Background: A great deal of previous work on the pharmacoeconomics of alcohol, tobacco and illicit drug abuse indicates that as cost decreases, abuse increases and vice versa. The application of these cost principles to the abuse of prescribed medications is largely unknown. In this paper we assessed whether the introduction of generic products in the U.S. increased the therapeutic use and illicit abuse of extended release oxycodone products and the fentanyl patch.
Methods: As an index of therapeutic use, we purchased prescription data for each of the ZIP codes in which we had corresponding abuse data. To gather information about prescription drug abuse, we elicited cases with quarterly questionnaires completed by a key informant network.
Results: The introduction of generic extended release (ER) oxycodone and fentanyl patch did not significantly change the total prescriptions written for these products, but markedly altered the composition of sales: branded sales dropped precipitously over a very short time and this was compensated for by a corresponding increase in sales of generics. Surprisingly, the introduction of generic products did not increase the abuse of ER oxycodone or fentanyl products; the branded version was the drug of choice for at least 2 years.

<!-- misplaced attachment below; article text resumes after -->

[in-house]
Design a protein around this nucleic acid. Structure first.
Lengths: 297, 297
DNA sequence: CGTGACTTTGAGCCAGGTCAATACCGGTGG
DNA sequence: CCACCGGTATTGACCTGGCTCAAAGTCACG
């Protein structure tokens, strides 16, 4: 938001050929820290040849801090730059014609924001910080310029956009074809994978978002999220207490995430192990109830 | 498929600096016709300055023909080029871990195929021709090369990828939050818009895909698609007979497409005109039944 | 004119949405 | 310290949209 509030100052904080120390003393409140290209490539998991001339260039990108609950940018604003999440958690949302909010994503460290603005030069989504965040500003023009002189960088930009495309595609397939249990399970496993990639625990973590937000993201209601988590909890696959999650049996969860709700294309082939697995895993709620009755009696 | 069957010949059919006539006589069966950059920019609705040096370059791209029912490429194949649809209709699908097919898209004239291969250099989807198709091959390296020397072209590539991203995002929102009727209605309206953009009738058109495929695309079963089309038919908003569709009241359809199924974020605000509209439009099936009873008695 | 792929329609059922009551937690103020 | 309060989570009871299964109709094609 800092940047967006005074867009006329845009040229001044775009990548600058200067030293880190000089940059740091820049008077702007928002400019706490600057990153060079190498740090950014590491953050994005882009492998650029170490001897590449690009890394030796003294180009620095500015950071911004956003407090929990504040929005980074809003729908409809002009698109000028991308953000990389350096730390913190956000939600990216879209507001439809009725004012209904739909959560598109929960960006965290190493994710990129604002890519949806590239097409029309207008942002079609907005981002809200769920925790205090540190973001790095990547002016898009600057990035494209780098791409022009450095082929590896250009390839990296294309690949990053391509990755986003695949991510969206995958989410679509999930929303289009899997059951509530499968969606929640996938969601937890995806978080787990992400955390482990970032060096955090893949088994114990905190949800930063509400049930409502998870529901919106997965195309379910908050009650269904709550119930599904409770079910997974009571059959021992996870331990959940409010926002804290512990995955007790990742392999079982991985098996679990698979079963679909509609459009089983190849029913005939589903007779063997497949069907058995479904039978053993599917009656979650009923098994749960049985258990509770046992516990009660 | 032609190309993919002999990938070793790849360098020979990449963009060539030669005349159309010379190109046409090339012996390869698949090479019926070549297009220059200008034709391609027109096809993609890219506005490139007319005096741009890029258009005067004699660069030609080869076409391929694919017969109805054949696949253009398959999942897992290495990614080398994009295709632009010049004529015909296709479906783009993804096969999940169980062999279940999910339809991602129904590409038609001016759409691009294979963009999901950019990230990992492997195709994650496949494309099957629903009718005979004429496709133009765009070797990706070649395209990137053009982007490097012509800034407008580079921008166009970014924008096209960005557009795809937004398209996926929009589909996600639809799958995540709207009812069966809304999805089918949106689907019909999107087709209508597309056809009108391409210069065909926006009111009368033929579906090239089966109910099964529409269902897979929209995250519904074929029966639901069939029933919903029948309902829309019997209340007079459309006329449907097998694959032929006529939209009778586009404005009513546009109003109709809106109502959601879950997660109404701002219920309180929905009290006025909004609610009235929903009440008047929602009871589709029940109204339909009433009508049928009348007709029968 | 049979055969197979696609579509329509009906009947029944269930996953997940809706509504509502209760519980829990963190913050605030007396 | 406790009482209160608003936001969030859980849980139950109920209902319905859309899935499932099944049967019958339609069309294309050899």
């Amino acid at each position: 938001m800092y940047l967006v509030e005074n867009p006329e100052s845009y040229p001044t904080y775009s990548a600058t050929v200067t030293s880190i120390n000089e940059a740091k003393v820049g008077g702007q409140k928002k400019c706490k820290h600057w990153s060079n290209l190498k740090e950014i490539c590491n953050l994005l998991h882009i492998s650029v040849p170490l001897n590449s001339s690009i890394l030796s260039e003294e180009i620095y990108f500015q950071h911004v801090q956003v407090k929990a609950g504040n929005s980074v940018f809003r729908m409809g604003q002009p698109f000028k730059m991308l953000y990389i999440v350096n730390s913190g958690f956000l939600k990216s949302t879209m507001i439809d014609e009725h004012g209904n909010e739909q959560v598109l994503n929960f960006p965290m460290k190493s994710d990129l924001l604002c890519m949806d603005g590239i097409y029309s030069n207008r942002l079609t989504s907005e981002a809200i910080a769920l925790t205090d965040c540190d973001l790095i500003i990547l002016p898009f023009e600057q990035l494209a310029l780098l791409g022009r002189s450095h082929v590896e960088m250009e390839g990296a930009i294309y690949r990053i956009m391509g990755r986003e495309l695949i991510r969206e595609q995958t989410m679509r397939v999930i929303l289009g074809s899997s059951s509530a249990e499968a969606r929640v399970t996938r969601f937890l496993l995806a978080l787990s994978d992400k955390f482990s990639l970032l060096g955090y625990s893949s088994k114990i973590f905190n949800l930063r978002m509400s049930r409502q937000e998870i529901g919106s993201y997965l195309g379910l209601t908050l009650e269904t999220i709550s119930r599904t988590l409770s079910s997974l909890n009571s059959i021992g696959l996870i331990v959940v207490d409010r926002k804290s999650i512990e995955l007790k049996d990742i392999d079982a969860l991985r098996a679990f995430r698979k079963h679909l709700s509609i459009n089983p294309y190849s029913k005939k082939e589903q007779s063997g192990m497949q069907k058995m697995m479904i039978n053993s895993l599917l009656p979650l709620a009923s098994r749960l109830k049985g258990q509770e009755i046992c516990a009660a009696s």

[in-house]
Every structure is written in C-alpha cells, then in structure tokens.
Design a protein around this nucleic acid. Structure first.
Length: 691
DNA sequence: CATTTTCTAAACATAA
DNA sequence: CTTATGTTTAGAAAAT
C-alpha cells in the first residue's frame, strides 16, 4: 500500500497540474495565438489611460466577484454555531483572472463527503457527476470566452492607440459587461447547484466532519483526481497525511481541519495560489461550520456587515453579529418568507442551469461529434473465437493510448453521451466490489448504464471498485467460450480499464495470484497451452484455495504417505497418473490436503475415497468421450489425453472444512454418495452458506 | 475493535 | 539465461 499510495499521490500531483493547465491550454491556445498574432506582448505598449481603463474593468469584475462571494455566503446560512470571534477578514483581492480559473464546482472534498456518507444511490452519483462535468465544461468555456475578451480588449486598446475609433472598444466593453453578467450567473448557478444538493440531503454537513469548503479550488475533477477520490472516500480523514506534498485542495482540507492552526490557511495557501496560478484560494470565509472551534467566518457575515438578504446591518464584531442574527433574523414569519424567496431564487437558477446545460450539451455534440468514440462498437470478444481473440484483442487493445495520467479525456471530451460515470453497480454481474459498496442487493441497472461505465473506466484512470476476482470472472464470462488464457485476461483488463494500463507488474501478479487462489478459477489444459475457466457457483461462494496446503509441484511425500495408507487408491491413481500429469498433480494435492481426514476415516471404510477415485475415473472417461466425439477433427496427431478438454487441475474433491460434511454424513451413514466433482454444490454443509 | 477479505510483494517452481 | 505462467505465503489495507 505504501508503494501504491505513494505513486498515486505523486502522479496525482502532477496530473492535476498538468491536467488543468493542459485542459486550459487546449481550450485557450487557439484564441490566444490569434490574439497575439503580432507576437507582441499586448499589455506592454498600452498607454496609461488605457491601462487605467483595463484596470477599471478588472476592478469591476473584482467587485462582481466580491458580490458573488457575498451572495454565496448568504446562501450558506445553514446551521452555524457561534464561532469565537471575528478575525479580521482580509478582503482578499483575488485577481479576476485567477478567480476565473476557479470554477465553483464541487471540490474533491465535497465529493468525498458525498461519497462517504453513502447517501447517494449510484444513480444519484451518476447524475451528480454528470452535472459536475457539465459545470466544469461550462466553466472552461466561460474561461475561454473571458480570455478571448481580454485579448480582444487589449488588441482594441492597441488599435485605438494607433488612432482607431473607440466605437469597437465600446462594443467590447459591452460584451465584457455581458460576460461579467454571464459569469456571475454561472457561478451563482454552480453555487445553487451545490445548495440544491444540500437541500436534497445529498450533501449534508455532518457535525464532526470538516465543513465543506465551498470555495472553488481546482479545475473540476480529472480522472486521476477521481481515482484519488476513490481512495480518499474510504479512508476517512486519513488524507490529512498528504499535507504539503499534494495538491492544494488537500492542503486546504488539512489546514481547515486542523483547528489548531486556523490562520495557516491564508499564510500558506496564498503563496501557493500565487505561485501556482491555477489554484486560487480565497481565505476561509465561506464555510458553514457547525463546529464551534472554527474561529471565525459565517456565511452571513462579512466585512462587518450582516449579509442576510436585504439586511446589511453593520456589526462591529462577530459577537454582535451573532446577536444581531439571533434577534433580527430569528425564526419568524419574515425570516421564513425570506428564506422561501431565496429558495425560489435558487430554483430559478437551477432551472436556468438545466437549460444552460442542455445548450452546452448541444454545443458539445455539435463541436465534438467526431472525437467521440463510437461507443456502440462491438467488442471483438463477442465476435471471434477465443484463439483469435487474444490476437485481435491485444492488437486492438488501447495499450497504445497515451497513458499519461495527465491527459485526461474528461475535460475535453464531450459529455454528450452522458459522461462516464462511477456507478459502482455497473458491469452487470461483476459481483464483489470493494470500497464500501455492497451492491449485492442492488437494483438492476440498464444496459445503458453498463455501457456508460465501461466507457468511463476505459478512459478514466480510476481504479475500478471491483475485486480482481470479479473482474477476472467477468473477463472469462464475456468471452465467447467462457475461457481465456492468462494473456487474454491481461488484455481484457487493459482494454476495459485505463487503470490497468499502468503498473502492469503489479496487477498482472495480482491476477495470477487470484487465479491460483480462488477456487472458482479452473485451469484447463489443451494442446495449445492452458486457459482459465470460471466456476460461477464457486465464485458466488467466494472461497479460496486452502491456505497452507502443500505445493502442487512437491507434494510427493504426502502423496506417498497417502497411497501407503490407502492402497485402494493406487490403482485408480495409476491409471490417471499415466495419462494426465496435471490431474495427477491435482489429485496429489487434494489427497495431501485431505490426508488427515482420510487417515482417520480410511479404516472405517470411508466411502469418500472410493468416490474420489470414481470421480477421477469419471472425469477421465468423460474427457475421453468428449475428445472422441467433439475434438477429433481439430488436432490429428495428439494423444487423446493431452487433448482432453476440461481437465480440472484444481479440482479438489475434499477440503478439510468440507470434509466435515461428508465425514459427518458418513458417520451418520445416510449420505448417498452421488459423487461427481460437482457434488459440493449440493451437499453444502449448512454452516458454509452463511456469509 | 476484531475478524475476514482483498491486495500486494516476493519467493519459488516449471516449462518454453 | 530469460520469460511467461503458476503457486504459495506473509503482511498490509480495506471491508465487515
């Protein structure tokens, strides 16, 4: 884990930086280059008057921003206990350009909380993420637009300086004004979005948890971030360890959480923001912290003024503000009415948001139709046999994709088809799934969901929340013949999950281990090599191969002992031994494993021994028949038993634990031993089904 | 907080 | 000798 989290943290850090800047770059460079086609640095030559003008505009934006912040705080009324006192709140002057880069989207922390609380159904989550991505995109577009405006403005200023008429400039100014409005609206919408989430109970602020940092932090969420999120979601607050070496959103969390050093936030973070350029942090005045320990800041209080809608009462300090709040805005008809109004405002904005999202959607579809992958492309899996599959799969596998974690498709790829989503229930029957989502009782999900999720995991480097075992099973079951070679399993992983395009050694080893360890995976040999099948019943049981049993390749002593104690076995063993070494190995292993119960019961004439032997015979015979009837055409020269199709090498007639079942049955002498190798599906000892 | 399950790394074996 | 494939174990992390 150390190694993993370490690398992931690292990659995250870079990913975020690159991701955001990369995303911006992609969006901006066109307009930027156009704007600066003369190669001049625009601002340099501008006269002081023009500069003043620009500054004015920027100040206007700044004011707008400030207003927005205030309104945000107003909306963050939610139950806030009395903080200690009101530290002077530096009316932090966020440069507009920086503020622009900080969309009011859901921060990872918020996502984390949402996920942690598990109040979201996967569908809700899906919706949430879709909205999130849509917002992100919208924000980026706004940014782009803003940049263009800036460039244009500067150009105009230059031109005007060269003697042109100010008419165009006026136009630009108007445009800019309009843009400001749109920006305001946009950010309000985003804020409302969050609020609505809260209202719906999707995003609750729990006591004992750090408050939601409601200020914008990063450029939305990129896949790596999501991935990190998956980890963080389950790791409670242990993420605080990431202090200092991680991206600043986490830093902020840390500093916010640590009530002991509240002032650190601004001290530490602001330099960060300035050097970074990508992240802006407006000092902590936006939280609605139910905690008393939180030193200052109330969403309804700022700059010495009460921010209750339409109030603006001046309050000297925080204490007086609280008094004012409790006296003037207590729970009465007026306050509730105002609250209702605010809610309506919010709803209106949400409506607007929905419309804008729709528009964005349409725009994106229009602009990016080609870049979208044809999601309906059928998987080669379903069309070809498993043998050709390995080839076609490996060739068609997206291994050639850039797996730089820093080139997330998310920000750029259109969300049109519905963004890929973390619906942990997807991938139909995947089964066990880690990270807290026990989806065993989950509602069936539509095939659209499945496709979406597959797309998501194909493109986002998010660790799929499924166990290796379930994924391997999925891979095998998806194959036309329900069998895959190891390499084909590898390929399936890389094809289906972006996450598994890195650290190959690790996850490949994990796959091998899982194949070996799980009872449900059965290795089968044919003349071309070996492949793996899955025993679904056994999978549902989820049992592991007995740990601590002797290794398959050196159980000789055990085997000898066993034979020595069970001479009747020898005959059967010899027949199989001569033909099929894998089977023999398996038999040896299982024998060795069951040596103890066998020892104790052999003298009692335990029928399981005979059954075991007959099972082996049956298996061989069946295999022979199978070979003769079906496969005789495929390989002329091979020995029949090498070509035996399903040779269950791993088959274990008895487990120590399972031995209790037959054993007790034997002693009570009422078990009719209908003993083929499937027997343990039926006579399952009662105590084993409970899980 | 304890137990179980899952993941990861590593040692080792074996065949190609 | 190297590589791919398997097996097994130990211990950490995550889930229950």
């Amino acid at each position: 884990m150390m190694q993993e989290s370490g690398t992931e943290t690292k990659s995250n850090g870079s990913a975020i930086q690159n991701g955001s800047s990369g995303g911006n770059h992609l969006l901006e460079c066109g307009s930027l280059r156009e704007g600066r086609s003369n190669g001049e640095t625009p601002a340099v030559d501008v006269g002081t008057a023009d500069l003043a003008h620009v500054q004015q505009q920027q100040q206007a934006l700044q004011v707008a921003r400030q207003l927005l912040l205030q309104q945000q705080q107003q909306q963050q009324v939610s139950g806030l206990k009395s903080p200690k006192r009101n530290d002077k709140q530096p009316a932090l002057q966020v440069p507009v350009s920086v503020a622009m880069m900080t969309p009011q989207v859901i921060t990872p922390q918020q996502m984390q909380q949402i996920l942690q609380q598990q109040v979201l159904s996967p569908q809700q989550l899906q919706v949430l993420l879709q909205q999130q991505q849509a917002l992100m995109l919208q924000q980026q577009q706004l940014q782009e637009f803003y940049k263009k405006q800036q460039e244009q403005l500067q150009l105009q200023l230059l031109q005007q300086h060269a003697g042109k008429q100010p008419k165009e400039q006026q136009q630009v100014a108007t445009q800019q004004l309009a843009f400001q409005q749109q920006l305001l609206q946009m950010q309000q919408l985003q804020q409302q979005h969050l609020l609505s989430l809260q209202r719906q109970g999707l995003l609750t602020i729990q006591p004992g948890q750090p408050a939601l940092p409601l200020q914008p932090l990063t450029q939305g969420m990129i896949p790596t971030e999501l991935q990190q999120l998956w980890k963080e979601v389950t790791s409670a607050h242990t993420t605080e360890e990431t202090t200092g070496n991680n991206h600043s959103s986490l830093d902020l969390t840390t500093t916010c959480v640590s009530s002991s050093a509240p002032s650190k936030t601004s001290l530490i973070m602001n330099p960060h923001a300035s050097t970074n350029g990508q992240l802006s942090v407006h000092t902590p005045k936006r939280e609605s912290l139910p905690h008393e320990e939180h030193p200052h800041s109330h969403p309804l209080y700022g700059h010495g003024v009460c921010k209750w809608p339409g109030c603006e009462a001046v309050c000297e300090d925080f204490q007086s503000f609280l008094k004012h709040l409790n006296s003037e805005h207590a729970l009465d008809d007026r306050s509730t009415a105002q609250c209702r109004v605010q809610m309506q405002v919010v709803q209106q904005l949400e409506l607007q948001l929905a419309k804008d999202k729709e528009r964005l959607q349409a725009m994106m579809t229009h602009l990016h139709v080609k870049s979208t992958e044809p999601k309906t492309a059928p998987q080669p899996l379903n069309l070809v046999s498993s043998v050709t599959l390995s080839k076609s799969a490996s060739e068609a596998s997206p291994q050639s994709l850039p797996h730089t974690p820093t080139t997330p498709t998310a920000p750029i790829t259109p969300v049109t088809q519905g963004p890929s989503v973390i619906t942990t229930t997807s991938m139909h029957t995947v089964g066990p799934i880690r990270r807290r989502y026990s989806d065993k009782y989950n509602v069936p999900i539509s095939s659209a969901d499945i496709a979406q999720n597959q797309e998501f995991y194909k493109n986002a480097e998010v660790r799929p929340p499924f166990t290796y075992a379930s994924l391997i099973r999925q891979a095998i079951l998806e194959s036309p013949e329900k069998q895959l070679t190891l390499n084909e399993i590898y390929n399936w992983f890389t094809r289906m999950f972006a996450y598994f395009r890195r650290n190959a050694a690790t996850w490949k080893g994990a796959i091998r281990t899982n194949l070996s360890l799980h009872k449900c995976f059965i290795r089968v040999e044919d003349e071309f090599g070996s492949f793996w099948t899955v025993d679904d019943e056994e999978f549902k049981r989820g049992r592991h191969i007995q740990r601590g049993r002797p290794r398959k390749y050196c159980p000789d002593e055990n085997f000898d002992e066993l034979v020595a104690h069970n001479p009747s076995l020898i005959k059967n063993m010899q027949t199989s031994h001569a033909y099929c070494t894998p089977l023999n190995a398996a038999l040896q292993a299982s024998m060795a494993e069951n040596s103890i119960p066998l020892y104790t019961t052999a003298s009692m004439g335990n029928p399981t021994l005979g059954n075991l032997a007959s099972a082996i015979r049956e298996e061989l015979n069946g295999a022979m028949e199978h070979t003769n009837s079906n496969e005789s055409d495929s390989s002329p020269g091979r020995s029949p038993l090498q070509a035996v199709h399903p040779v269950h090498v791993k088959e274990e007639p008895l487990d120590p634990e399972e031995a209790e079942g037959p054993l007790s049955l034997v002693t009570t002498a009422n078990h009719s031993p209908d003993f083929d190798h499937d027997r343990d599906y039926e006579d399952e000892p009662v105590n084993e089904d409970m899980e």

Conclusions: Our data suggest that drug costs alone do not increase the overall likelihood that a prescription opioid analgesic will be used therapeutically or abused. However, while generics are rapidly endorsed by insurance companies as a prescribed entity, abuse of the branded versions of ER oxycodone and fentanyl remains predominant for some time.